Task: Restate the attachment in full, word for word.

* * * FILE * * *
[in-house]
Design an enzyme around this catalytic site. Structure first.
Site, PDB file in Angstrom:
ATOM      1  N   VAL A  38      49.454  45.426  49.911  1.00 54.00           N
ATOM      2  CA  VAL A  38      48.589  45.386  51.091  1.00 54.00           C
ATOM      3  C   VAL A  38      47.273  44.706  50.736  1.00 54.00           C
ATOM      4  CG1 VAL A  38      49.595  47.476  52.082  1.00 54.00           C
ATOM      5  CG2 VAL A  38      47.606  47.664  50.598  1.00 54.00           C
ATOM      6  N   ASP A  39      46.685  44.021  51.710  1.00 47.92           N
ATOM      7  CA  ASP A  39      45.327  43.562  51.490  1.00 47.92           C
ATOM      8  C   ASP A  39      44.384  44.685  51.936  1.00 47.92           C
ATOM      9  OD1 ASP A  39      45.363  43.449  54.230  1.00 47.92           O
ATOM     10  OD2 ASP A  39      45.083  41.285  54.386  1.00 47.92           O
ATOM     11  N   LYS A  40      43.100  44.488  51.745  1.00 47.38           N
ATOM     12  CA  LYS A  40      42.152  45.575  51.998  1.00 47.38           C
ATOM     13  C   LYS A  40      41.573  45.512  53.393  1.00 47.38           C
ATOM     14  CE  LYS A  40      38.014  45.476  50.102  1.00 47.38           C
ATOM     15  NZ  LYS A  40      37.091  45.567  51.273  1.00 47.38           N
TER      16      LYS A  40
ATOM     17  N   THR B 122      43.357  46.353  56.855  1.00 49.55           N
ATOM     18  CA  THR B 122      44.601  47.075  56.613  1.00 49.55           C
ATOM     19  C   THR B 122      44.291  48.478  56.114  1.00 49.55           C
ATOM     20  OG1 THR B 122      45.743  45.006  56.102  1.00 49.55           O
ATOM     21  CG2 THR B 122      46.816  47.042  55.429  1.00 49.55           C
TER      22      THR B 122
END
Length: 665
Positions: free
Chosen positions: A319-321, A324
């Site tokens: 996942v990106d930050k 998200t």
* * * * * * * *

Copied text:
[in-house]
Design an enzyme around this catalytic site. Structure first.
Site, PDB file in Angstrom:
ATOM      1  N   VAL A  38      49.454  45.426  49.911  1.00 54.00           N
ATOM      2  CA  VAL A  38      48.589  45.386  51.091  1.00 54.00           C
ATOM      3  C   VAL A  38      47.273  44.706  50.736  1.00 54.00           C
ATOM      4  CG1 VAL A  38      49.595  47.476  52.082  1.00 54.00           C
ATOM      5  CG2 VAL A  38      47.606  47.664  50.598  1.00 54.00           C
ATOM      6  N   ASP A  39      46.685  44.021  51.710  1.00 47.92           N
ATOM      7  CA  ASP A  39      45.327  43.562  51.490  1.00 47.92           C
ATOM      8  C   ASP A  39      44.384  44.685  51.936  1.00 47.92           C
ATOM      9  OD1 ASP A  39      45.363  43.449  54.230  1.00 47.92           O
ATOM     10  OD2 ASP A  39      45.083  41.285  54.386  1.00 47.92           O
ATOM     11  N   LYS A  40      43.100  44.488  51.745  1.00 47.38           N
ATOM     12  CA  LYS A  40      42.152  45.575  51.998  1.00 47.38           C
ATOM     13  C   LYS A  40      41.573  45.512  53.393  1.00 47.38           C
ATOM     14  CE  LYS A  40      38.014  45.476  50.102  1.00 47.38           C
ATOM     15  NZ  LYS A  40      37.091  45.567  51.273  1.00 47.38           N
TER      16      LYS A  40
ATOM     17  N   THR B 122      43.357  46.353  56.855  1.00 49.55           N
ATOM     18  CA  THR B 122      44.601  47.075  56.613  1.00 49.55           C
ATOM     19  C   THR B 122      44.291  48.478  56.114  1.00 49.55           C
ATOM     20  OG1 THR B 122      45.743  45.006  56.102  1.00 49.55           O
ATOM     21  CG2 THR B 122      46.816  47.042  55.429  1.00 49.55           C
TER      22      THR B 122
END
Length: 665
Positions: free
Chosen positions: A319-321, A324
């Site tokens: 996942v990106d930050k 998200t």